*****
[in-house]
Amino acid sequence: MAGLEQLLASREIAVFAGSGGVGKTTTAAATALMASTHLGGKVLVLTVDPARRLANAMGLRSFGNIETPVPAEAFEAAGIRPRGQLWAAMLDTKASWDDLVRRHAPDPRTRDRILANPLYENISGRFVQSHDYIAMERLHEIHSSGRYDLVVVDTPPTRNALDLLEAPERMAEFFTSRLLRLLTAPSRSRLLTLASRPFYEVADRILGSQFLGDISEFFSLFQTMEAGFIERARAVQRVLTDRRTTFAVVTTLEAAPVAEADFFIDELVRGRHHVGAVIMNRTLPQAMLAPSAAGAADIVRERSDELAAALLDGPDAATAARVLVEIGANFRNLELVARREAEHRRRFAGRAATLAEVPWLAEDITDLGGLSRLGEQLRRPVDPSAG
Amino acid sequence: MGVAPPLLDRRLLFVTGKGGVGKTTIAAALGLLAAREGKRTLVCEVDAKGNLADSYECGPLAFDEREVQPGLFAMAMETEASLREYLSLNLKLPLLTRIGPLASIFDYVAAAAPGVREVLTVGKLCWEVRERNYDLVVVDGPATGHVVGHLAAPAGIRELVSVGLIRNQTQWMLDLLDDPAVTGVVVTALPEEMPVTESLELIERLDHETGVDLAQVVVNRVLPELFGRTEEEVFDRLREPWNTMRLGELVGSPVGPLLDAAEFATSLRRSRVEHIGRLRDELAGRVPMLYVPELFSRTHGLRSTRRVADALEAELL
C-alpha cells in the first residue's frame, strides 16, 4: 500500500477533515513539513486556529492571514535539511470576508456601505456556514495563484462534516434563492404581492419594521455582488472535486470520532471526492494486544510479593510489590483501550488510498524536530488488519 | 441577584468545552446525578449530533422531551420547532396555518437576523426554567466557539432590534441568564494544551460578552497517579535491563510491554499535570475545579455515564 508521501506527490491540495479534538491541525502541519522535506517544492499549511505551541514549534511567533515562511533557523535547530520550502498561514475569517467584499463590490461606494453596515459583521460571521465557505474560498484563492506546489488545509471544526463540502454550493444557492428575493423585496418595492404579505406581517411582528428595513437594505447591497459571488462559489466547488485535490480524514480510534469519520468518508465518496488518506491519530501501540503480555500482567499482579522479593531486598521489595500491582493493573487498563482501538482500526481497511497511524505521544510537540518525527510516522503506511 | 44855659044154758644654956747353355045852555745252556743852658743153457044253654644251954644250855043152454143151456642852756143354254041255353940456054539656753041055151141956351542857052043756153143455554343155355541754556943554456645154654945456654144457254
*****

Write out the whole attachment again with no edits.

[in-house]
Amino acid sequence: MAGLEQLLASREIAVFAGSGGVGKTTTAAATALMASTHLGGKVLVLTVDPARRLANAMGLRSFGNIETPVPAEAFEAAGIRPRGQLWAAMLDTKASWDDLVRRHAPDPRTRDRILANPLYENISGRFVQSHDYIAMERLHEIHSSGRYDLVVVDTPPTRNALDLLEAPERMAEFFTSRLLRLLTAPSRSRLLTLASRPFYEVADRILGSQFLGDISEFFSLFQTMEAGFIERARAVQRVLTDRRTTFAVVTTLEAAPVAEADFFIDELVRGRHHVGAVIMNRTLPQAMLAPSAAGAADIVRERSDELAAALLDGPDAATAARVLVEIGANFRNLELVARREAEHRRRFAGRAATLAEVPWLAEDITDLGGLSRLGEQLRRPVDPSAG
Amino acid sequence: MGVAPPLLDRRLLFVTGKGGVGKTTIAAALGLLAAREGKRTLVCEVDAKGNLADSYECGPLAFDEREVQPGLFAMAMETEASLREYLSLNLKLPLLTRIGPLASIFDYVAAAAPGVREVLTVGKLCWEVRERNYDLVVVDGPATGHVVGHLAAPAGIRELVSVGLIRNQTQWMLDLLDDPAVTGVVVTALPEEMPVTESLELIERLDHETGVDLAQVVVNRVLPELFGRTEEEVFDRLREPWNTMRLGELVGSPVGPLLDAAEFATSLRRSRVEHIGRLRDELAGRVPMLYVPELFSRTHGLRSTRRVADALEAELL
C-alpha cells in the first residue's frame, strides 16, 4: 500500500477533515513539513486556529492571514535539511470576508456601505456556514495563484462534516434563492404581492419594521455582488472535486470520532471526492494486544510479593510489590483501550488510498524536530488488519 | 441577584468545552446525578449530533422531551420547532396555518437576523426554567466557539432590534441568564494544551460578552497517579535491563510491554499535570475545579455515564 508521501506527490491540495479534538491541525502541519522535506517544492499549511505551541514549534511567533515562511533557523535547530520550502498561514475569517467584499463590490461606494453596515459583521460571521465557505474560498484563492506546489488545509471544526463540502454550493444557492428575493423585496418595492404579505406581517411582528428595513437594505447591497459571488462559489466547488485535490480524514480510534469519520468518508465518496488518506491519530501501540503480555500482567499482579522479593531486598521489595500491582493493573487498563482501538482500526481497511497511524505521544510537540518525527510516522503506511 | 44855659044154758644654956747353355045852555745252556743852658743153457044253654644251954644250855043152454143151456642852756143354254041255353940456054539656753041055151141956351542857052043756153143455554343155355541754556943554456645154654945456654144457254